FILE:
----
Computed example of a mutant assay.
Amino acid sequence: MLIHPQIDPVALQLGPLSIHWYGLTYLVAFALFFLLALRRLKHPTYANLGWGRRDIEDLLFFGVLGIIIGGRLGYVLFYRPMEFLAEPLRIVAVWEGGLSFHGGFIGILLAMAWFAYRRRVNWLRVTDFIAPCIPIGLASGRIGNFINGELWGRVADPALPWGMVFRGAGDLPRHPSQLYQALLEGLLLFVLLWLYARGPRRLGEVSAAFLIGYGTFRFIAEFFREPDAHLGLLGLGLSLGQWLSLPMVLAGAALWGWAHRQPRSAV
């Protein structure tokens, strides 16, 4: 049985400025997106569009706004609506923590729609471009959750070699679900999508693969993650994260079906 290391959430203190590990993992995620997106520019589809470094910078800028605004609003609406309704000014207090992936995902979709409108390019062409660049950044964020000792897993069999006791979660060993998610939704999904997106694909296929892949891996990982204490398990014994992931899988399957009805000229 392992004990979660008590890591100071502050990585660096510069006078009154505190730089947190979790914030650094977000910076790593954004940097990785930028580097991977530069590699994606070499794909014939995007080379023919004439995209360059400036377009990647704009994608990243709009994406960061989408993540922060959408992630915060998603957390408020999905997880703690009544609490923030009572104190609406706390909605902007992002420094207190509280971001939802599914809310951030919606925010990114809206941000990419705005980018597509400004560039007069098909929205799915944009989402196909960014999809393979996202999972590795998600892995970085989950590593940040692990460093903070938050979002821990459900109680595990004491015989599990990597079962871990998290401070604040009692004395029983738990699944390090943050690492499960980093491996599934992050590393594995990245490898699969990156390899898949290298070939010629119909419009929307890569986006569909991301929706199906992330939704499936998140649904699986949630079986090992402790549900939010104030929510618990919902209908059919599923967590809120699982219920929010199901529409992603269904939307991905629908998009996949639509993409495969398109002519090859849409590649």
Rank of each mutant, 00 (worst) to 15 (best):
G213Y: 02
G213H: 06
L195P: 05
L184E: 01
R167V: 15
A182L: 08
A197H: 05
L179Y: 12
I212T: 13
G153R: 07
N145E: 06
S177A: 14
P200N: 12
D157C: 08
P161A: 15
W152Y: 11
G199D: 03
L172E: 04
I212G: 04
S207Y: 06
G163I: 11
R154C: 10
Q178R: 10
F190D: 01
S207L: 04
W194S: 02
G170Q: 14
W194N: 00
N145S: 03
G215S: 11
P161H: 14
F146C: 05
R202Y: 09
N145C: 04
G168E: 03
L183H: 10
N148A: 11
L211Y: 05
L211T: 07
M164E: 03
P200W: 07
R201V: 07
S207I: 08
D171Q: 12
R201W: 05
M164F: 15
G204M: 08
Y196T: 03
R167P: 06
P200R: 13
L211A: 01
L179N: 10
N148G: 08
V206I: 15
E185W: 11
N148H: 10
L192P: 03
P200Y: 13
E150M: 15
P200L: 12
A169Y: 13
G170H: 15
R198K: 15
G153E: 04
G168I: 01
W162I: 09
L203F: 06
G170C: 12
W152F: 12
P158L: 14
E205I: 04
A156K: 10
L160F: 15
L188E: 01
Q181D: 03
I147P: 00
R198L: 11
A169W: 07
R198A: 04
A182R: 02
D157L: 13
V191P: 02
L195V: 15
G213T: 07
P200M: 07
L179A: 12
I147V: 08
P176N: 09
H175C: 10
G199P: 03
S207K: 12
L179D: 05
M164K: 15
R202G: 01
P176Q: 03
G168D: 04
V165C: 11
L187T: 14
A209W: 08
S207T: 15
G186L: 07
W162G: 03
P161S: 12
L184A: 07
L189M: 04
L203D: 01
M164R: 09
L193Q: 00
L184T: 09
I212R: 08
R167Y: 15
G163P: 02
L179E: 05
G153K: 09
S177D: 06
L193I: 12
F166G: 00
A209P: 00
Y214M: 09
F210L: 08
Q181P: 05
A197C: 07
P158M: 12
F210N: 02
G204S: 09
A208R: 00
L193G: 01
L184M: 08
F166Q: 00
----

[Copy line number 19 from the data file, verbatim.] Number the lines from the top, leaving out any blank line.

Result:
P161A: 15